http://www.costumes.org/history/greece/kohler/colorplate1.jpg

Is that the right look?
 
A

Anonymous

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Both the snake goddess and the octopus were featured in Minoan art. So what you have is probably some tourist tat from Crete.
This page has some examples of Minoan art and jewellery.
 
A

Anonymous

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Yep, thats her!

Any names/further info on her?

And anything relevant about the octopus/star, other than the obvious fishing/nautical culture?

Thank you all for the help on this one, its appreciated! :)
 

phi23

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She appears to be the Mother Goddess - the cthonian snake goddess - could the star be a star fish?
 

AlistairP3

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The octopus logo sounds like the logo on Blofeld's ring in the James Bond films, which in itself was, I think, based on a Mafia insignia.
 
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Because of the elevation on the design I had assumed it was an actual star. The nautical siginificance being the navigational importance of stars, and it being linked in with the sea in that manner.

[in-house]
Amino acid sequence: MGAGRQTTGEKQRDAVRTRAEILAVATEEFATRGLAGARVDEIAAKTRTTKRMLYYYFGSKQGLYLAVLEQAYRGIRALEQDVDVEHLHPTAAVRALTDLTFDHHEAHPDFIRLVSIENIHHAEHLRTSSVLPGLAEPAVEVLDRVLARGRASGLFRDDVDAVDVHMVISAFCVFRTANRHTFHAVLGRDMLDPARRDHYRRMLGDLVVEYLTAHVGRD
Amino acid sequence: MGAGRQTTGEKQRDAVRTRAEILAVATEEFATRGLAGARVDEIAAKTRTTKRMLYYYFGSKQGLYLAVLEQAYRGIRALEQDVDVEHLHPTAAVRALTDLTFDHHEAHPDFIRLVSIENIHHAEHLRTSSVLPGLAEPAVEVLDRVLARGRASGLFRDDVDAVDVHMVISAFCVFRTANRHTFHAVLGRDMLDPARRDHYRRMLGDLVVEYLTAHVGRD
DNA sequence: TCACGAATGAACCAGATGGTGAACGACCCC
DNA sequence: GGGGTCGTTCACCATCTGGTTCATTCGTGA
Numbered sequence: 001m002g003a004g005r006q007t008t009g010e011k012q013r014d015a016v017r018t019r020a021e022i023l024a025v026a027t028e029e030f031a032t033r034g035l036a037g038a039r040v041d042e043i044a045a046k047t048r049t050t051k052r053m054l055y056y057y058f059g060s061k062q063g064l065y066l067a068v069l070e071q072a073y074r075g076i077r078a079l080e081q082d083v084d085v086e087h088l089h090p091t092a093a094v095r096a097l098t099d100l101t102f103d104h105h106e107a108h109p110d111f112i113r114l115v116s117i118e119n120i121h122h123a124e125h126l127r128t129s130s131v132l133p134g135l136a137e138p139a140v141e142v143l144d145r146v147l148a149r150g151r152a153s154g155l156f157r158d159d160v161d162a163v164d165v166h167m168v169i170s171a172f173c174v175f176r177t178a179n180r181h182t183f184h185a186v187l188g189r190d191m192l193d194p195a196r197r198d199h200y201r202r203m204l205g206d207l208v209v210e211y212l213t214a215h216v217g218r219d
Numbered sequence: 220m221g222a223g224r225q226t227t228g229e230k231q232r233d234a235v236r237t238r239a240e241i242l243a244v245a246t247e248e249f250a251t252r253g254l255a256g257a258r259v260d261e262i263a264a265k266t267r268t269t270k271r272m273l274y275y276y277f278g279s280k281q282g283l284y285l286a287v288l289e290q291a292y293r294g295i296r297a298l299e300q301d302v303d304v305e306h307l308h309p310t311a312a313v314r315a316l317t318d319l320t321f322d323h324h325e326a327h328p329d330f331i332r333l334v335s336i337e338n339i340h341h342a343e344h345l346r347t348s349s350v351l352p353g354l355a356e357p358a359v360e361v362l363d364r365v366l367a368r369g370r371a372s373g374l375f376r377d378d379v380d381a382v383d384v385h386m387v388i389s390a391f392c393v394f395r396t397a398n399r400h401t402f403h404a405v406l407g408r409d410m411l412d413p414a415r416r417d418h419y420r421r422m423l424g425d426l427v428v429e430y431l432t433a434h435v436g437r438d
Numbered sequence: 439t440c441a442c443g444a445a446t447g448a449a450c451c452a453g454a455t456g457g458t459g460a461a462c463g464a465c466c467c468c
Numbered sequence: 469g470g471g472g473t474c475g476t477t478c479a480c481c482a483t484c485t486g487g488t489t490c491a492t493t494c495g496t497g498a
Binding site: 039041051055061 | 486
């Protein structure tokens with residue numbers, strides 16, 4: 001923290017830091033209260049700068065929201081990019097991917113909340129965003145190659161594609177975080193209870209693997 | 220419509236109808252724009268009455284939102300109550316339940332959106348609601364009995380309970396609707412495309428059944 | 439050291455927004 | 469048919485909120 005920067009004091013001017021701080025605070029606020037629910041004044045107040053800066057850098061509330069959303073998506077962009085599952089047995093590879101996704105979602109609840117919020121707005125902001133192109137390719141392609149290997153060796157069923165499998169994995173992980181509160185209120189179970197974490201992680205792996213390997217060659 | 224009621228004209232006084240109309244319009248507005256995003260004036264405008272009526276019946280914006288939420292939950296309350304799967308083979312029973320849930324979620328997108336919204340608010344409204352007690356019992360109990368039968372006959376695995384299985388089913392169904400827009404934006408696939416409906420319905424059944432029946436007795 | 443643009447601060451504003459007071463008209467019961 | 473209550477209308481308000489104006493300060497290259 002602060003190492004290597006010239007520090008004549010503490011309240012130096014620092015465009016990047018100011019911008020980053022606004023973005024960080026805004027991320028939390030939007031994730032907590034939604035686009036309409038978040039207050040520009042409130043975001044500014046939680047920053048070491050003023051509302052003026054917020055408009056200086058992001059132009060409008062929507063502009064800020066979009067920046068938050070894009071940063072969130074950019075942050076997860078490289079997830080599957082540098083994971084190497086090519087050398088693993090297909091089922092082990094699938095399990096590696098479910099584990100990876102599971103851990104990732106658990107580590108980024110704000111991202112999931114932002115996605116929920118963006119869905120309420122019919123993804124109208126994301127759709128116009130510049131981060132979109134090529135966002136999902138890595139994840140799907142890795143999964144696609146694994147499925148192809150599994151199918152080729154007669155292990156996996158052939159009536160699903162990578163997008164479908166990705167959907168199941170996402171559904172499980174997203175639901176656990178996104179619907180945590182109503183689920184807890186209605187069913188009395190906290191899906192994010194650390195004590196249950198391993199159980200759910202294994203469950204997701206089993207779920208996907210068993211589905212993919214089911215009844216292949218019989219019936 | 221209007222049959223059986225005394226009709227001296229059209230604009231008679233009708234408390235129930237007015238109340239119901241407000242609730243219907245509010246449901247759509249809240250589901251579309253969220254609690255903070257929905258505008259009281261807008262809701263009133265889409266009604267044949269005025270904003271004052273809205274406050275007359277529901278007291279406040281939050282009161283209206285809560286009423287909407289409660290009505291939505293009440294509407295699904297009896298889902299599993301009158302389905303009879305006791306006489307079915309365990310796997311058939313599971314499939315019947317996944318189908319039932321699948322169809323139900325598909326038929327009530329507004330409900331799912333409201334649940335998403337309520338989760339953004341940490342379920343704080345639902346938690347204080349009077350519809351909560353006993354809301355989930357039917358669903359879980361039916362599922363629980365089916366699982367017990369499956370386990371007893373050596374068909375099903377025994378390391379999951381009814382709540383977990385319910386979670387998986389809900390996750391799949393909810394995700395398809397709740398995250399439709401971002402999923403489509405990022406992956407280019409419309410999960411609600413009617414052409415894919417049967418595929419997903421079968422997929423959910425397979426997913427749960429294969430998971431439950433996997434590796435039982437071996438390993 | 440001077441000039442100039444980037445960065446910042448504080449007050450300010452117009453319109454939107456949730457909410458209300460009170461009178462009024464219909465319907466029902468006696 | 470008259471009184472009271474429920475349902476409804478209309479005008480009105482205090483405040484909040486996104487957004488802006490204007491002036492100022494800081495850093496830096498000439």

Hadn't thought about the possibility of it being a starfish. The design didn't suggest it, although it could be I guess.
 

JamesWhitehead

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Fertility Goddesses caried snakes as attributes. I have a couple of
pictures in front of me of figures from the palace of Knossos. Often
the Goddesses have no names but Demeter is often depicted with
snakes, sheaves of corn and poppies.

The octopus has many eyes and I think it is a common symbol to
ward off the Evil Eye. I have a whole book on the Evil Eye but it
is behind a pile of other stuff at the moment.

Anyway, I would guess your find is a lucky charm to ward off evil and
increase fertility. Very nice, if the fertility is wanted. ;)
 

Quetzelcoatl

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the octopus could be the Giant Squid which appears everywhere from Norse legend down to the equator.

the dressed but bare chested woman sounds like something from Crete (Knossos rings a bell) but cant help with a name.

cant help with the star, except to say stars often appear on sailors talismans?

it could be tourist tat (which I know from experience can look alarmingly real when its rusted / oxidised for a couple of years) or it could be the real deal.

suggest your local museum might be able to help with dating?
 

Breakfastologist

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I realise you're not expecting any robed cultists of the elder gods to come and kidnap you, but the talisman of the cthonian snake goddess sounds like just the thing they would love.
 

JamesWhitehead

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Since writing the above, I have dug out the book on the Evil Eye.
And very interesting it is too, written by one Frederick Thomas Elworthy,